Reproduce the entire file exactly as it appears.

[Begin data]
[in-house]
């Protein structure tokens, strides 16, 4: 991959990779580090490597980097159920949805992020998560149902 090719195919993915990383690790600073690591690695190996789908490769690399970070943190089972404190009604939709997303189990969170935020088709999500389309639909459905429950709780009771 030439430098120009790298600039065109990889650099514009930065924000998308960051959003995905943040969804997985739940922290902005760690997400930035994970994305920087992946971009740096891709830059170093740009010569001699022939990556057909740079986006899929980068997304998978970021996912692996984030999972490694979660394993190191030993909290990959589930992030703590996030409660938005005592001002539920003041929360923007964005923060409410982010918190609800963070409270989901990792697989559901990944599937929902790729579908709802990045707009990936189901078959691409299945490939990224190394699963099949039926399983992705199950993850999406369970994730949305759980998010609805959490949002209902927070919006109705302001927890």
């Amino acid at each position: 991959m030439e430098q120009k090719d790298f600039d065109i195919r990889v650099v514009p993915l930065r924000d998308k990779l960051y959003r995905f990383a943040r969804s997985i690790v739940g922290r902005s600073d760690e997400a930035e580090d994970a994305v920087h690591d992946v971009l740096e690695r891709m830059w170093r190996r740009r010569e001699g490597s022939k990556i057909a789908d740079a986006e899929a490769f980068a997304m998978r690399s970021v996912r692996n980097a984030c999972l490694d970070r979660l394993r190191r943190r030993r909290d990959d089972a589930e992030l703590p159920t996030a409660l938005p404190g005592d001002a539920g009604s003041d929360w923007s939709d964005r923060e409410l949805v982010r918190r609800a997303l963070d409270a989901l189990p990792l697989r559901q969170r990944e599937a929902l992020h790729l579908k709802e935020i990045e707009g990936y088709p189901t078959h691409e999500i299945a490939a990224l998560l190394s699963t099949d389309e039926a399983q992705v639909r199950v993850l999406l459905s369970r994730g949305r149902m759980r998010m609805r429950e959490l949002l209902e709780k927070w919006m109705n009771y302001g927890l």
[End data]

[in-house]
């Protein structure tokens, strides 16, 4: 991959990779580090490597980097159920949805992020998560149902 090719195919993915990383690790600073690591690695190996789908490769690399970070943190089972404190009604939709997303189990969170935020088709999500389309639909459905429950709780009771 030439430098120009790298600039065109990889650099514009930065924000998308960051959003995905943040969804997985739940922290902005760690997400930035994970994305920087992946971009740096891709830059170093740009010569001699022939990556057909740079986006899929980068997304998978970021996912692996984030999972490694979660394993190191030993909290990959589930992030703590996030409660938005005592001002539920003041929360923007964005923060409410982010918190609800963070409270989901990792697989559901990944599937929902790729579908709802990045707009990936189901078959691409299945490939990224190394699963099949039926399983992705199950993850999406369970994730949305759980998010609805959490949002209902927070919006109705302001927890």
């Amino acid at each position: 991959m030439e430098q120009k090719d790298f600039d065109i195919r990889v650099v514009p993915l930065r924000d998308k990779l960051y959003r995905f990383a943040r969804s997985i690790v739940g922290r902005s600073d760690e997400a930035e580090d994970a994305v920087h690591d992946v971009l740096e690695r891709m830059w170093r190996r740009r010569e001699g490597s022939k990556i057909a789908d740079a986006e899929a490769f980068a997304m998978r690399s970021v996912r692996n980097a984030c999972l490694d970070r979660l394993r190191r943190r030993r909290d990959d089972a589930e992030l703590p159920t996030a409660l938005p404190g005592d001002a539920g009604s003041d929360w923007s939709d964005r923060e409410l949805v982010r918190r609800a997303l963070d409270a989901l189990p990792l697989r559901q969170r990944e599937a929902l992020h790729l579908k709802e935020i990045e707009g990936y088709p189901t078959h691409e999500i299945a490939a990224l998560l190394s699963t099949d389309e039926a399983q992705v639909r199950v993850l999406l459905s369970r994730g949305r149902m759980r998010m609805r429950e959490l949002l209902e709780k927070w919006m109705n009771y302001g927890l």